I’m hoping that most of you reading this have that lovely 401(k) nest egg incubating somewhere in a coop of mutual funds, stocks, and bonds. Now, I know times have changed. A lot of y’all are entrepreneurs, successful ones, and are like, “Uhh, what 401(k)?” Well, I’m talking to y’all, too, and especially those of you who left that corporate job and are on your way to being on your own. Don’t worry, I got you.
I’ve had many a friend tell me how they had to tap that 401(k) for reasons such as making additions to a home, or for emergency situations like funerals, or to start a new business. These reasons are all valid, but is it ever a good idea to tap that asset account?
In 2018, employees will now be able to contribute up to $18,500 annually to their retirement account. That’s great news, and for those that elect to do this, you’ll start to have a nice chunk of change growing for your retirement days. For those who are self-employed, you may qualify for a Solo 401(k), or you can talk to a former employer about keeping funds with them, or you can simply open an IRA. But that money you’ve saved might start to look reeaaaal good. You might start salivating about how you want to have it now or how you need it for one of the reasons I mentioned above … but hold on, lovelies! Have you thought about the fact that if you take a loan from your 401(k) you’re susceptible to:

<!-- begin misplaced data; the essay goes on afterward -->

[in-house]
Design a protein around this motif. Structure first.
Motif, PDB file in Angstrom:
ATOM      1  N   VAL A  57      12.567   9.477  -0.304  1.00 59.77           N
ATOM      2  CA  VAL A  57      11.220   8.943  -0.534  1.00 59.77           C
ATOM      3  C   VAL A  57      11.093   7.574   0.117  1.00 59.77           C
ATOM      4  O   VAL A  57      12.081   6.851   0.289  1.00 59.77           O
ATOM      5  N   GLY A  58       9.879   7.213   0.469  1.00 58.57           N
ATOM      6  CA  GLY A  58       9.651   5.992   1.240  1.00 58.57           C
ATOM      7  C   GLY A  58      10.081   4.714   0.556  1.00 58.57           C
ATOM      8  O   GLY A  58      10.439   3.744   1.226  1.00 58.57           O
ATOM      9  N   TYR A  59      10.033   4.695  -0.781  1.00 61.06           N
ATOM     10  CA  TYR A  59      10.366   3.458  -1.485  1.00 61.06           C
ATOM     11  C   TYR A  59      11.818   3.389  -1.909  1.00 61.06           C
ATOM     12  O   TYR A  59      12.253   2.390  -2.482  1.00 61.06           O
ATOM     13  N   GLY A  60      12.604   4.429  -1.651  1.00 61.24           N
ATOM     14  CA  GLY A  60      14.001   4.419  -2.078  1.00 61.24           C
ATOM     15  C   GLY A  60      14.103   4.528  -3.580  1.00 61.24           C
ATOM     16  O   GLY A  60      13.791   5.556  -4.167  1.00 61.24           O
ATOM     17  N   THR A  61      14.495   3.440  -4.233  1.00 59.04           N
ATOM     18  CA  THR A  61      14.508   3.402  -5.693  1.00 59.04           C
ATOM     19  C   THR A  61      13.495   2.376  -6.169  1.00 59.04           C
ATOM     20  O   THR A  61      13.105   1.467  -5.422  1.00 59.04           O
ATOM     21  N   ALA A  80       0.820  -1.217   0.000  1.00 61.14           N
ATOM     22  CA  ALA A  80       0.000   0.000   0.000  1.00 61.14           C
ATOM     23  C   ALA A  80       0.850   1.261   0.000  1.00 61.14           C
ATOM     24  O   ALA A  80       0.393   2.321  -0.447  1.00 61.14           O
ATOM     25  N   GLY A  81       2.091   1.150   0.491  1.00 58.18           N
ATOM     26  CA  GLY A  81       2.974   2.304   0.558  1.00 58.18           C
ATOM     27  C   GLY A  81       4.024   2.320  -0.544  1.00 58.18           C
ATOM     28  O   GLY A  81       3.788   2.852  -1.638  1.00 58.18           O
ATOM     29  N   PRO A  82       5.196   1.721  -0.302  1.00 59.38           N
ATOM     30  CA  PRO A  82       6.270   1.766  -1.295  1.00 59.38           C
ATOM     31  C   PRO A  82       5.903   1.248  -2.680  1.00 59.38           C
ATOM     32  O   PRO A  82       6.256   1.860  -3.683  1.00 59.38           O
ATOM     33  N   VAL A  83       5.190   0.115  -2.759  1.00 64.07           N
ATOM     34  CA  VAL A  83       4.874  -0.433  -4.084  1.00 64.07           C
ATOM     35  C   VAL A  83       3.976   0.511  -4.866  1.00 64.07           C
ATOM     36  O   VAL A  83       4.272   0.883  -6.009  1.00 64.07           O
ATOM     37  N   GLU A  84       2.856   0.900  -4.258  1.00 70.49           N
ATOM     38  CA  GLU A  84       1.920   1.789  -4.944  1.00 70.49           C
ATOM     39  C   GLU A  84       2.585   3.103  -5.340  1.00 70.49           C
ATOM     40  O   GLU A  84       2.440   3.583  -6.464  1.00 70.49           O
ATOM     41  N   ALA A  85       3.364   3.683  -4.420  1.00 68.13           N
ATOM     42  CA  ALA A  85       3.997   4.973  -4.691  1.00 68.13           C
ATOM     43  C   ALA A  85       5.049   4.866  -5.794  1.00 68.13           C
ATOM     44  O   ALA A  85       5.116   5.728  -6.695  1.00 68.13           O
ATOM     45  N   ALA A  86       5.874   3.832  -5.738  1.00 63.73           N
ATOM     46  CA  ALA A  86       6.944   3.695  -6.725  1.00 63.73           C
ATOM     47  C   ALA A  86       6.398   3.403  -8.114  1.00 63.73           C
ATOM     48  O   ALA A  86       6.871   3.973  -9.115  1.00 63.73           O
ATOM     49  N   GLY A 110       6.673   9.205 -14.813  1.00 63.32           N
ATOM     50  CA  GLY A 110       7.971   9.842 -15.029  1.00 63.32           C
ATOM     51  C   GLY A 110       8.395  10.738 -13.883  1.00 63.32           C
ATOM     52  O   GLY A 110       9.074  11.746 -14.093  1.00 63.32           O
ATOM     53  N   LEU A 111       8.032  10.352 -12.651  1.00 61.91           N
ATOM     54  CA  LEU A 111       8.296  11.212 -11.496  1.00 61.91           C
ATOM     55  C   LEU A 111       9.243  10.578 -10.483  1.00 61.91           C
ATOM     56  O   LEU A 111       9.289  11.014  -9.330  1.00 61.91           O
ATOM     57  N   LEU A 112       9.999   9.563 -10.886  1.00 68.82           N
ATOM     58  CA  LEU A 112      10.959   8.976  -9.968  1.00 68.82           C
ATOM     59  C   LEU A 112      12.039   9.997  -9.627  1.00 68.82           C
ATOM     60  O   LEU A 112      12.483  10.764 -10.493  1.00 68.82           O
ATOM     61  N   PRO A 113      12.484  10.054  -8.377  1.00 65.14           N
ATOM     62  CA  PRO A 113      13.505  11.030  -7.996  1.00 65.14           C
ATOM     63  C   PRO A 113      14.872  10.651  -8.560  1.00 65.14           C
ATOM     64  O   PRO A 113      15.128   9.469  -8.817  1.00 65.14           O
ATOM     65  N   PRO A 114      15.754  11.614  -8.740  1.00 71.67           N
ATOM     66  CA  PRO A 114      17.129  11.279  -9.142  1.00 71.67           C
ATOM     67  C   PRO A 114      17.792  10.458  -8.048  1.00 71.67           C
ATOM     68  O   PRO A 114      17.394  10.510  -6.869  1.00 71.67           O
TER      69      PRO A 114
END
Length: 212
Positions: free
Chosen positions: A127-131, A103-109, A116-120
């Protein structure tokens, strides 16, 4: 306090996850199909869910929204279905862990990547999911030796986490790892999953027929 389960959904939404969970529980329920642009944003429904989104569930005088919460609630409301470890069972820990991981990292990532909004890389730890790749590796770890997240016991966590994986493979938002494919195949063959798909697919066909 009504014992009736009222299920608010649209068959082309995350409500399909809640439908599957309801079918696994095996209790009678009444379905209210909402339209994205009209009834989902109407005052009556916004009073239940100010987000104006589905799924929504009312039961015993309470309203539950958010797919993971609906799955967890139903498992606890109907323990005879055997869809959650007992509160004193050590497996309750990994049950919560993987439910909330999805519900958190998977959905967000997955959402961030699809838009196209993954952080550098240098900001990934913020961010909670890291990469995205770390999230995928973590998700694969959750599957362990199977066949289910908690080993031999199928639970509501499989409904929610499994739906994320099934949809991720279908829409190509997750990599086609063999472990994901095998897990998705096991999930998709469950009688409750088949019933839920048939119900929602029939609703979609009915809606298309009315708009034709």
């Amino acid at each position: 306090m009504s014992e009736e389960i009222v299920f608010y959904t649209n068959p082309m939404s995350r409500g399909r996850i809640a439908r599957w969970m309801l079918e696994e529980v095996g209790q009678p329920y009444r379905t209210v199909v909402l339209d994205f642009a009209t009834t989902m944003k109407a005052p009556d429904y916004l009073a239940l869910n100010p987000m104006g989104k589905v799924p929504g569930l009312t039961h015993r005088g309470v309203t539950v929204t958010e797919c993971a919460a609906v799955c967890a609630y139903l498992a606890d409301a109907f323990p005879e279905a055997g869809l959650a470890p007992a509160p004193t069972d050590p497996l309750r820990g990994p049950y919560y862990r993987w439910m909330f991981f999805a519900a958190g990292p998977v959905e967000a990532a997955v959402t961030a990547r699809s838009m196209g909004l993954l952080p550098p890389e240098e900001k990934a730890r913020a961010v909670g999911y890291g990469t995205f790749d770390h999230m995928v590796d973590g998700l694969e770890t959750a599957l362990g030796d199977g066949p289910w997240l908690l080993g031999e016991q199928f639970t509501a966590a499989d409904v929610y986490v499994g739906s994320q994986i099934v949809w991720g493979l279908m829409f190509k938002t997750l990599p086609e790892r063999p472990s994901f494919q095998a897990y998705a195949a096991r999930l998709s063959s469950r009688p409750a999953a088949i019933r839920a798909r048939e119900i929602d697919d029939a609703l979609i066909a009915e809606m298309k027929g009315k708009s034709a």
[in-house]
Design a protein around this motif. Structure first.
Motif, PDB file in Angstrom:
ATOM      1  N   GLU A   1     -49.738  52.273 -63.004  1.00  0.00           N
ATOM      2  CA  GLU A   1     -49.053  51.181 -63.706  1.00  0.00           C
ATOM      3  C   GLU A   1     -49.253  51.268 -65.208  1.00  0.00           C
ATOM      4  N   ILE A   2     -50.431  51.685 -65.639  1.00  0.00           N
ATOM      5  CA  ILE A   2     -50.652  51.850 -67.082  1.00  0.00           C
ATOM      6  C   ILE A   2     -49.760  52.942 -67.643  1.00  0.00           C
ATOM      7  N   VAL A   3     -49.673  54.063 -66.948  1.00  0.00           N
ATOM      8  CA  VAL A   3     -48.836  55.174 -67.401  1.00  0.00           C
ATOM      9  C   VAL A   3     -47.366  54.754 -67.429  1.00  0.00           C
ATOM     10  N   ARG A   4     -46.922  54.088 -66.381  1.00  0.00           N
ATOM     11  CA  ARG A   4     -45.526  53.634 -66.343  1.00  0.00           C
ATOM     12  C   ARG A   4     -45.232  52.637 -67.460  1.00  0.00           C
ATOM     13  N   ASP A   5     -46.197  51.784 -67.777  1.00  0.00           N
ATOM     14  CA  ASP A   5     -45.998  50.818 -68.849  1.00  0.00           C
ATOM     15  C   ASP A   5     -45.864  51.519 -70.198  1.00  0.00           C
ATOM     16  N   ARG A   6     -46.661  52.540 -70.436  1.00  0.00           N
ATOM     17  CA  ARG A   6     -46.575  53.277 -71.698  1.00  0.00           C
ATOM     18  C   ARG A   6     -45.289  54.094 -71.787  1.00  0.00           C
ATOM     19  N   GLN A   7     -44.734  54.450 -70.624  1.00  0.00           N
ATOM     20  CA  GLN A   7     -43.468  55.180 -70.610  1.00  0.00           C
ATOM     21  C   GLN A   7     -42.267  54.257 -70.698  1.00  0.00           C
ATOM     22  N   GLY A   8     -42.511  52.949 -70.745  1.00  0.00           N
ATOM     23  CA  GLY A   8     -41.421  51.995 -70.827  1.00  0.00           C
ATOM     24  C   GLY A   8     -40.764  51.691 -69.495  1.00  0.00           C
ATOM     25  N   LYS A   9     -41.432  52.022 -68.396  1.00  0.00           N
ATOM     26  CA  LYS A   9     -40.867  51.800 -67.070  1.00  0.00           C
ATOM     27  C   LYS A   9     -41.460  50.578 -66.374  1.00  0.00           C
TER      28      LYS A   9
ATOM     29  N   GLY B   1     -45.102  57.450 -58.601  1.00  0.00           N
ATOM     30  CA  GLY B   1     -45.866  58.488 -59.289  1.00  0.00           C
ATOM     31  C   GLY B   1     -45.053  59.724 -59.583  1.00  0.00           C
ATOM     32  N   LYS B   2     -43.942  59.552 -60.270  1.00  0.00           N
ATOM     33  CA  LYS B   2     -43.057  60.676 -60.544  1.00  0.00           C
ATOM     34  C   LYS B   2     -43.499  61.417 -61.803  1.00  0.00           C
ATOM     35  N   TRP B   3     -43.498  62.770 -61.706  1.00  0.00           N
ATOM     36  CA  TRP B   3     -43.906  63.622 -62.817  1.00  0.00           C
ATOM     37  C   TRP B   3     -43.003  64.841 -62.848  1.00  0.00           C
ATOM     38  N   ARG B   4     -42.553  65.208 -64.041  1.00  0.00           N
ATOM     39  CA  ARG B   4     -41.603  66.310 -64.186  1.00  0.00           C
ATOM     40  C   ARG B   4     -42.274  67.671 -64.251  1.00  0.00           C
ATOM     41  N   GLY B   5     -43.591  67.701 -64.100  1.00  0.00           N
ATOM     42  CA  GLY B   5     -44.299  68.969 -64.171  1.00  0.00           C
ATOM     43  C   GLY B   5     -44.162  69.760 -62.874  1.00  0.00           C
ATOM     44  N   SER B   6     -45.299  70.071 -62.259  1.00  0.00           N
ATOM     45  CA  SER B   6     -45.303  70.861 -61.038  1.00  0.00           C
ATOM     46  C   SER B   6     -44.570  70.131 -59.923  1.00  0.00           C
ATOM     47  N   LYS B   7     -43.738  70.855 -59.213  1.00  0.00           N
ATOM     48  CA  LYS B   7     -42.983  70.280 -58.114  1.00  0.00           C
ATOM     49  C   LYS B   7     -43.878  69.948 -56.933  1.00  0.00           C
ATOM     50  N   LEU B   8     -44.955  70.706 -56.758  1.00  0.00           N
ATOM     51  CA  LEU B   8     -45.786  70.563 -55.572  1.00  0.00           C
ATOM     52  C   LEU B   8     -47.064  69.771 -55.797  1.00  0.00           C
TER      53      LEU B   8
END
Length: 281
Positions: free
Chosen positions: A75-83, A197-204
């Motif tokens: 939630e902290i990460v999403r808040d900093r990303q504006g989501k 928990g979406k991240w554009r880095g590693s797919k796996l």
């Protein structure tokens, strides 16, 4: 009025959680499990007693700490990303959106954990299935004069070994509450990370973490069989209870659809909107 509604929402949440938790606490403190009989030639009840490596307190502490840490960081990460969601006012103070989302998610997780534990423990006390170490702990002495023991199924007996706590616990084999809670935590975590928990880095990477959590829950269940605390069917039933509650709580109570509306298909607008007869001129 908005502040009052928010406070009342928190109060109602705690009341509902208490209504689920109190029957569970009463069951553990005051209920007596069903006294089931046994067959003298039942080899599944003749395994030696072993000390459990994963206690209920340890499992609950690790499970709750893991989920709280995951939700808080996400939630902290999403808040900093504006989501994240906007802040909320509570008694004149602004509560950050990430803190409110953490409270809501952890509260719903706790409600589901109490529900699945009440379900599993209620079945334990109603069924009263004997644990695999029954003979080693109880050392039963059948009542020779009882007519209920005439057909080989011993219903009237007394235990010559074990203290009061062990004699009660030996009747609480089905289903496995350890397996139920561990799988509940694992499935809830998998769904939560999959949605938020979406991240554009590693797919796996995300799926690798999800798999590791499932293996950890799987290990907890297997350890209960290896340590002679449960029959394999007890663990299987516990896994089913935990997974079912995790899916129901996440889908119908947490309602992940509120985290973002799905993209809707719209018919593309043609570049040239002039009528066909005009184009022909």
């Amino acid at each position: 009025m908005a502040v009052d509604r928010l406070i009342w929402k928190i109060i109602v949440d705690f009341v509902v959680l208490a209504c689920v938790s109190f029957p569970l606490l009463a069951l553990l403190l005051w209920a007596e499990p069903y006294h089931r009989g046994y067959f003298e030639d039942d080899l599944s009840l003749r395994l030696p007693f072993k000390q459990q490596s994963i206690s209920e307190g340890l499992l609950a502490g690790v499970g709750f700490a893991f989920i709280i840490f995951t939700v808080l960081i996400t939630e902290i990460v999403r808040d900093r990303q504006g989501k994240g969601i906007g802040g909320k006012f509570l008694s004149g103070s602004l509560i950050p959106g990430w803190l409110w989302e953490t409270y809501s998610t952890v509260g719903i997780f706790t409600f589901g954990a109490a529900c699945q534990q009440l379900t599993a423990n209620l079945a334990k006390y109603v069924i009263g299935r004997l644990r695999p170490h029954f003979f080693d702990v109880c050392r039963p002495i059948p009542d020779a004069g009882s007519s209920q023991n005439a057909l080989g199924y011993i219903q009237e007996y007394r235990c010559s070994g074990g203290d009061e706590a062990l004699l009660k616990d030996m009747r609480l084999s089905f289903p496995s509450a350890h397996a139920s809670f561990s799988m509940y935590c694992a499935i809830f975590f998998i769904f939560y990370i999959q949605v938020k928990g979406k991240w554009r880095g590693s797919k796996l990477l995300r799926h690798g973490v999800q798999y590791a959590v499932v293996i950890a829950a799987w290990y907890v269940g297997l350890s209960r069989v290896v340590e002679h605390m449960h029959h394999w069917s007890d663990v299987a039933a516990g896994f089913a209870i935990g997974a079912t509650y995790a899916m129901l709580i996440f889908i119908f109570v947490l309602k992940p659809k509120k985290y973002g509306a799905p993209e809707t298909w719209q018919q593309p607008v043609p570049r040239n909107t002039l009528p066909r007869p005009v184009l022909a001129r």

- Being taxed twice on that dough. When you take your money out, you’ve got 90 days to put those dollars back in the bank. If you do, great (sorta), because you won’t get a penalty tax. But, you will be using after-tax dollars to pay off the interest on the loan. If you don’t get that money back in within the 90 days, it becomes a distribution which gets that lovely penalty tax (unless you’re over 59 1/2) and then an income tax, potentially. Yes, you have those three months to put this sweet cash back into your account, but if you’re like most people, ain’t none of that money making it back to that nest egg. #Taxed
Read the full article HERE.
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